When the FCC put out a request for comments on net neutrality, they got a little more than they bargained for.

Late night TV host John Oliver did a segment on the issue and asked his viewers to post comments online. The FCC also received a massive amount of fake comments as well from bots and other ISP-backed groups. In the midst of this PR disaster, the FCC said it was the victim of a DDoS attack but provided no evidence or records to support the claim.

The US Government Accountability Office (GAO) has now decided to investigate whether or not the alleged attack actually took place.

The investigation was requested by Senator Brian Schatz (D-HI) and Representative Frank Pallone (D-NJ) back in August and has now been confirmed. The two congressmen claim that the FCC has not "released any records or documentation that would allow for conīŦrmation that an attack occurred" and they are skeptical of the validity of the claims.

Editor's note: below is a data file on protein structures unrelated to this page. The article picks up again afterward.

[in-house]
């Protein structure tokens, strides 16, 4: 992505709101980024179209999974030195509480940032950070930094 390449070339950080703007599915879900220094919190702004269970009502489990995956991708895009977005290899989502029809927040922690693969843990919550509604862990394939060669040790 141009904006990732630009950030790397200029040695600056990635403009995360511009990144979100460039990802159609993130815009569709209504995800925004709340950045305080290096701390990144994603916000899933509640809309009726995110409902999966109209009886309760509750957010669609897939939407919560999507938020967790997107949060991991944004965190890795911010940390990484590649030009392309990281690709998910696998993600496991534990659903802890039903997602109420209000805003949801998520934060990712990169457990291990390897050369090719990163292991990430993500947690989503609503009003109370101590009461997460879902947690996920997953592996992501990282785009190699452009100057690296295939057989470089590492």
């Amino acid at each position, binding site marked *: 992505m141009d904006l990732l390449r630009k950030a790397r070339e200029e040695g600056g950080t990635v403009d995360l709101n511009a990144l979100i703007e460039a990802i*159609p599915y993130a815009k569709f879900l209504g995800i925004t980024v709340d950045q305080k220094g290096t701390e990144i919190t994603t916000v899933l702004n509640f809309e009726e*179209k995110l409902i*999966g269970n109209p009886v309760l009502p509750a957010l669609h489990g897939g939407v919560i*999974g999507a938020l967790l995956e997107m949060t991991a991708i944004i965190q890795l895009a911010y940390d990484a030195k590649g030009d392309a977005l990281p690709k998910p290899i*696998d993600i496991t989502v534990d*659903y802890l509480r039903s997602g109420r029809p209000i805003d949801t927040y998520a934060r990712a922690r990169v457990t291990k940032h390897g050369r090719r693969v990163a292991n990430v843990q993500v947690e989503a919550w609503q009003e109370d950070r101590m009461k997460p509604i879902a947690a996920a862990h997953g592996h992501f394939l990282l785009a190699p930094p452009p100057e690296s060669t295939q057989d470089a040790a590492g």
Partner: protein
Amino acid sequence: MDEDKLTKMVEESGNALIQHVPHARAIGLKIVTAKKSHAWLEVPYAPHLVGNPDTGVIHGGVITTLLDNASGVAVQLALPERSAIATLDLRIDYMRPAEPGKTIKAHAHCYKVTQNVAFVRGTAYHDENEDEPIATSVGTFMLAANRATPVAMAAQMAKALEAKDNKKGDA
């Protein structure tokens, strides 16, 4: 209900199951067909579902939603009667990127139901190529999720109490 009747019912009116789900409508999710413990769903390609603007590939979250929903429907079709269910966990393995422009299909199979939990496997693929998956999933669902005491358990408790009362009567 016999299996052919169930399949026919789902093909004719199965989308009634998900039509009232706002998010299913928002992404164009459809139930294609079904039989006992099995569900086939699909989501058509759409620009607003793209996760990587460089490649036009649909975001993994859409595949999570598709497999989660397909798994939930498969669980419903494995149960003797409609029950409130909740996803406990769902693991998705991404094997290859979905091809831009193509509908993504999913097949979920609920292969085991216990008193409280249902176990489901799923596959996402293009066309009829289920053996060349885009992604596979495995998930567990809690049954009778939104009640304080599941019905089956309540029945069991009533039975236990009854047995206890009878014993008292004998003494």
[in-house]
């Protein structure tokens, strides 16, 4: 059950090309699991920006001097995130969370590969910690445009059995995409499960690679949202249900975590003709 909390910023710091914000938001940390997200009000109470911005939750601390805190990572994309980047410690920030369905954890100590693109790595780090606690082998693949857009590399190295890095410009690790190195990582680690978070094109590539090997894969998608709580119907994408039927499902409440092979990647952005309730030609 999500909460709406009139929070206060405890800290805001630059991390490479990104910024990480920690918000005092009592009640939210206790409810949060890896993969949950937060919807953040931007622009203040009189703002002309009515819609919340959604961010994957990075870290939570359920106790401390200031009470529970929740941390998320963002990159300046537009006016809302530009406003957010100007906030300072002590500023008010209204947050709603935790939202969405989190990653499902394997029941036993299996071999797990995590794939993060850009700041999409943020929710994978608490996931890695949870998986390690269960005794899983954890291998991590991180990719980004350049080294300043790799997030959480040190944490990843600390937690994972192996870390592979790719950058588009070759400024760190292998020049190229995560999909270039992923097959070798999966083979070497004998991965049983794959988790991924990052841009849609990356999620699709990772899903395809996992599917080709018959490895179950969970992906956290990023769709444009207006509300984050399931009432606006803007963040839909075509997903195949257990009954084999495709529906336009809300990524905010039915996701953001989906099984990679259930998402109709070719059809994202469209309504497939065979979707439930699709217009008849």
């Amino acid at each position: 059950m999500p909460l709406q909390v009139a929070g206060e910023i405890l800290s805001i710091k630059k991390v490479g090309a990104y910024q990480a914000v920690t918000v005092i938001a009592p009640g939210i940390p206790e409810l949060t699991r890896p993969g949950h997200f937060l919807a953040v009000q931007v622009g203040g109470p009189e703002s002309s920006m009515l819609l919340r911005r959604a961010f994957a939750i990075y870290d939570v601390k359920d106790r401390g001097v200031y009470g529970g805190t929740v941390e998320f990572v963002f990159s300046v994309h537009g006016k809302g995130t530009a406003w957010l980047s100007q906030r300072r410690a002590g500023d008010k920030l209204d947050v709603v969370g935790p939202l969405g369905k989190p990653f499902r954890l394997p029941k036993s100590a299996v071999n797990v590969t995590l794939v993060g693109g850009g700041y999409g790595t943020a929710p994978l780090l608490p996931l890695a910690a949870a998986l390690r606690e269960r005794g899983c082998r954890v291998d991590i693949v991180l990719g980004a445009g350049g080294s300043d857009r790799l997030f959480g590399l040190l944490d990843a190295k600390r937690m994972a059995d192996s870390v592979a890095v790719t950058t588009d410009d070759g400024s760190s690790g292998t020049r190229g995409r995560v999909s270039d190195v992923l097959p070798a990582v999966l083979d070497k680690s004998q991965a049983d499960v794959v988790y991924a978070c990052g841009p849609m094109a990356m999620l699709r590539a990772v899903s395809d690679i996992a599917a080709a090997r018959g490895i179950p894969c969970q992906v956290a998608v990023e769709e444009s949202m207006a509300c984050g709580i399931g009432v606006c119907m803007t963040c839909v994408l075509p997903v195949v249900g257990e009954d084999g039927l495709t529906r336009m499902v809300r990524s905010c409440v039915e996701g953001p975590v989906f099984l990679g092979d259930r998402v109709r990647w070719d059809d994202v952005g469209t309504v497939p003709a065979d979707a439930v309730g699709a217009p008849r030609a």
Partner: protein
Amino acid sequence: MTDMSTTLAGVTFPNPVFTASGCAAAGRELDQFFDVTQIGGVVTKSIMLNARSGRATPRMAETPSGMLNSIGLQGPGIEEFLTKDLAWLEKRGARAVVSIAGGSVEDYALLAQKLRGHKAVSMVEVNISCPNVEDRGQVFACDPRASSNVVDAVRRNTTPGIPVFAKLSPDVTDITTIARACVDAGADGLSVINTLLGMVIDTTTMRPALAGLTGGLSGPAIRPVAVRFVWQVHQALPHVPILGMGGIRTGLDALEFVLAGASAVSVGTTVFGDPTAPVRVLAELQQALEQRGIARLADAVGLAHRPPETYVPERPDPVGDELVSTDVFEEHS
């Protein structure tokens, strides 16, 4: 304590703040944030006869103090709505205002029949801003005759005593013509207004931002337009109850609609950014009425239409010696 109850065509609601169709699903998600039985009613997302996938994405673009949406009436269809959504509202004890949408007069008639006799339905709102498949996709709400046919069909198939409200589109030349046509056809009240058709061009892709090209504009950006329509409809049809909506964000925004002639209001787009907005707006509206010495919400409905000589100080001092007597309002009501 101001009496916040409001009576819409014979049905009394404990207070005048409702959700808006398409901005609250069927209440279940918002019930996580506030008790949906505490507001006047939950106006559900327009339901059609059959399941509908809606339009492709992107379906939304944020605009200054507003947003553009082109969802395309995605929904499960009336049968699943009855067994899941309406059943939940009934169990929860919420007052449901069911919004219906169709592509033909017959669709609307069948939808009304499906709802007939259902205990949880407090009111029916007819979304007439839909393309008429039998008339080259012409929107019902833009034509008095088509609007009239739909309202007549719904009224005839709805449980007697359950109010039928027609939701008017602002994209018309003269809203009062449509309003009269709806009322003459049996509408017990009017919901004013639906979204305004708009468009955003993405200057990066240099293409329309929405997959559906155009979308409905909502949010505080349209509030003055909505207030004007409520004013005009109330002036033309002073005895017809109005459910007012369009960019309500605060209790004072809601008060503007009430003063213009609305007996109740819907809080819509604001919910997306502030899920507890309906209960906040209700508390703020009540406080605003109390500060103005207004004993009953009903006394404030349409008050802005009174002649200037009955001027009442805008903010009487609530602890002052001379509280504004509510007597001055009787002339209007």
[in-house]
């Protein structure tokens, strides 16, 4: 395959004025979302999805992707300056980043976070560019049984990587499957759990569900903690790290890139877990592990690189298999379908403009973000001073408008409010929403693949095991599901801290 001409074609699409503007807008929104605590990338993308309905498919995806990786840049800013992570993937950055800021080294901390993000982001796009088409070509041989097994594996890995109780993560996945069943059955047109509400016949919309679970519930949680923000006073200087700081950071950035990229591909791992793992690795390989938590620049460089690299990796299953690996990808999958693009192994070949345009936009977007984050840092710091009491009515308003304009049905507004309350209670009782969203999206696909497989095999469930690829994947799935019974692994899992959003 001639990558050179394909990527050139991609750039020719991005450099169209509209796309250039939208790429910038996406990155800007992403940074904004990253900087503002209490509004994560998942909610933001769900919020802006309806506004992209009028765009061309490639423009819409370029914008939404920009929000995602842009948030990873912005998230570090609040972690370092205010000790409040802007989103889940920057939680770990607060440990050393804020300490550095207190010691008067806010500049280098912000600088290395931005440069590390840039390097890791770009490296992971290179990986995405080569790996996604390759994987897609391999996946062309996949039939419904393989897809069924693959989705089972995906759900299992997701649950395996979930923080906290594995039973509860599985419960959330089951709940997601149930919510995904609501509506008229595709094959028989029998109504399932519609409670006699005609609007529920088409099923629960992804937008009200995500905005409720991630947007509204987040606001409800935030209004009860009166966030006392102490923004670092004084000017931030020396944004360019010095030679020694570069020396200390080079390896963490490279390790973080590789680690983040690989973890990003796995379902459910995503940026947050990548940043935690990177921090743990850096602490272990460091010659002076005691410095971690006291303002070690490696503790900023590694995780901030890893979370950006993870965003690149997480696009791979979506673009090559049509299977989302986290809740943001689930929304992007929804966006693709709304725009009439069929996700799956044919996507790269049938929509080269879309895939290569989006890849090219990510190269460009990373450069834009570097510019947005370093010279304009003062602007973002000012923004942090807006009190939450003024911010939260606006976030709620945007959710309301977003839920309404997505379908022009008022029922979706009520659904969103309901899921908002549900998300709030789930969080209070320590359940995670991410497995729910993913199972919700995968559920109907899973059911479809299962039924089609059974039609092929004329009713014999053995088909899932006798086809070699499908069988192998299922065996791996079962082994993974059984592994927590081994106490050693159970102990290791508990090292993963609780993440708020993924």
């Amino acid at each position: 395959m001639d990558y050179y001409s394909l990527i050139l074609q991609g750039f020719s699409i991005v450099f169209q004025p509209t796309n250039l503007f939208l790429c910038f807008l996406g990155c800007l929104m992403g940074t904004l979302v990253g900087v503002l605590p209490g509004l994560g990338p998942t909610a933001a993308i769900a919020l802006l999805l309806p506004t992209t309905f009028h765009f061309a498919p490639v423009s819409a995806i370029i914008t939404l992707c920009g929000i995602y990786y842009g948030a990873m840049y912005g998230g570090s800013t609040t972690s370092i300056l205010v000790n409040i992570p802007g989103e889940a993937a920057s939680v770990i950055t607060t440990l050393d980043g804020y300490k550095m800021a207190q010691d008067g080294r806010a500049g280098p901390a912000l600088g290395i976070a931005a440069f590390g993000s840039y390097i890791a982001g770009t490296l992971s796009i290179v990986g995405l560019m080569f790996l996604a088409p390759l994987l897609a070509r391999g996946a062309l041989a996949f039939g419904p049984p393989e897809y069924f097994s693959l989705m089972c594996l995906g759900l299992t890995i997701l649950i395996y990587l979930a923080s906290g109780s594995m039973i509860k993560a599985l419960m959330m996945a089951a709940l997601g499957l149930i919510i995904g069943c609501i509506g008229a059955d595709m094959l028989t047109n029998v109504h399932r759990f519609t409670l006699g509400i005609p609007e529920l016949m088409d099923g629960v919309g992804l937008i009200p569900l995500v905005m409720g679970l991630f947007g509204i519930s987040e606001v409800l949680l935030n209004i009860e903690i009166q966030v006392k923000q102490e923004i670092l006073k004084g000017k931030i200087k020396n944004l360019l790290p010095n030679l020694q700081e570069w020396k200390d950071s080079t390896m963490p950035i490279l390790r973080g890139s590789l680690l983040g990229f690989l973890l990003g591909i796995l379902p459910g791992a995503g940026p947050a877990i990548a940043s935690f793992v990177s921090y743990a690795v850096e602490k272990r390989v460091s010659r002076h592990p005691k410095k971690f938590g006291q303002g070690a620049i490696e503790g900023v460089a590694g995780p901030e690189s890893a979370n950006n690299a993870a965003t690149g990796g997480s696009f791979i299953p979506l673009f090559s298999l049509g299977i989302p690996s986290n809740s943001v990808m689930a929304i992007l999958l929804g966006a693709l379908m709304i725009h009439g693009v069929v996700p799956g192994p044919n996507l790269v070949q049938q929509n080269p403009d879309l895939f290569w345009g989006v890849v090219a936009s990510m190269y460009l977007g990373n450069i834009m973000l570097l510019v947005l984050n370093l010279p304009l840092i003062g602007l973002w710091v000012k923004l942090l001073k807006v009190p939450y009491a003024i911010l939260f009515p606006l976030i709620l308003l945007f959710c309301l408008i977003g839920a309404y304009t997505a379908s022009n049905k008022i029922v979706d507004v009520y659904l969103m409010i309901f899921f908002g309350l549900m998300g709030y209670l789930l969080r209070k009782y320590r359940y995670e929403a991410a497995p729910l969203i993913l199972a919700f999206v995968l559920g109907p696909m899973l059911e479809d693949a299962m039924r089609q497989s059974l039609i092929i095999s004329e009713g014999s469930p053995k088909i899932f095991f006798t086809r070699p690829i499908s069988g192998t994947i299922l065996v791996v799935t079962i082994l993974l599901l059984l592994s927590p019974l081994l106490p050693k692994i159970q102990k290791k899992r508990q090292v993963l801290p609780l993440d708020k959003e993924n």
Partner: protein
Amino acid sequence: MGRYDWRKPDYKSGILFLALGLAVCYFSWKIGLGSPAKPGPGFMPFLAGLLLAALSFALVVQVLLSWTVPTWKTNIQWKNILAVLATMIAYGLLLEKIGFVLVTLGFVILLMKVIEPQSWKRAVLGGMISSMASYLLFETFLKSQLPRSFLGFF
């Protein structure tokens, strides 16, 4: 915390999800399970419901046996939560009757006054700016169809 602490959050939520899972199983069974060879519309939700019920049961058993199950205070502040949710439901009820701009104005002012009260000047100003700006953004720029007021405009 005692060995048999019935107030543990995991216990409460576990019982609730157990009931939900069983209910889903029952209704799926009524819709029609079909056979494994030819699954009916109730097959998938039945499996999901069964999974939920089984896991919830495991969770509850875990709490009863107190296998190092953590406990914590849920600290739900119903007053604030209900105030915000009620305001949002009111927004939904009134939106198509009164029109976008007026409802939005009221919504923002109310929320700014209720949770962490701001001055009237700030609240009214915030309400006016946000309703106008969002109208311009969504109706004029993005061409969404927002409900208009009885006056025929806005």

The FCC's comment system experienced downtime on May 8 which they blamed on multiple DDoS attacks. They described them as "deliberate attempts by external actors to bombard the FCC's comment system with a high amount of traffic to our commercial cloud host." Despite repeated requests to prove that the attacks occurred, the FCC was never able to produce documents backing up their claim.

The investigation will not start for a few months and will also take a while to be completed. This means it will likely not conclude until after the FCC has made its decision on net neutrality. Despite the outage, over 22 million comments were posted on the FCC's website. Removing all of the spam and form-generated comments, 98.5 percent of unique responders supported existing net neutrality legislation.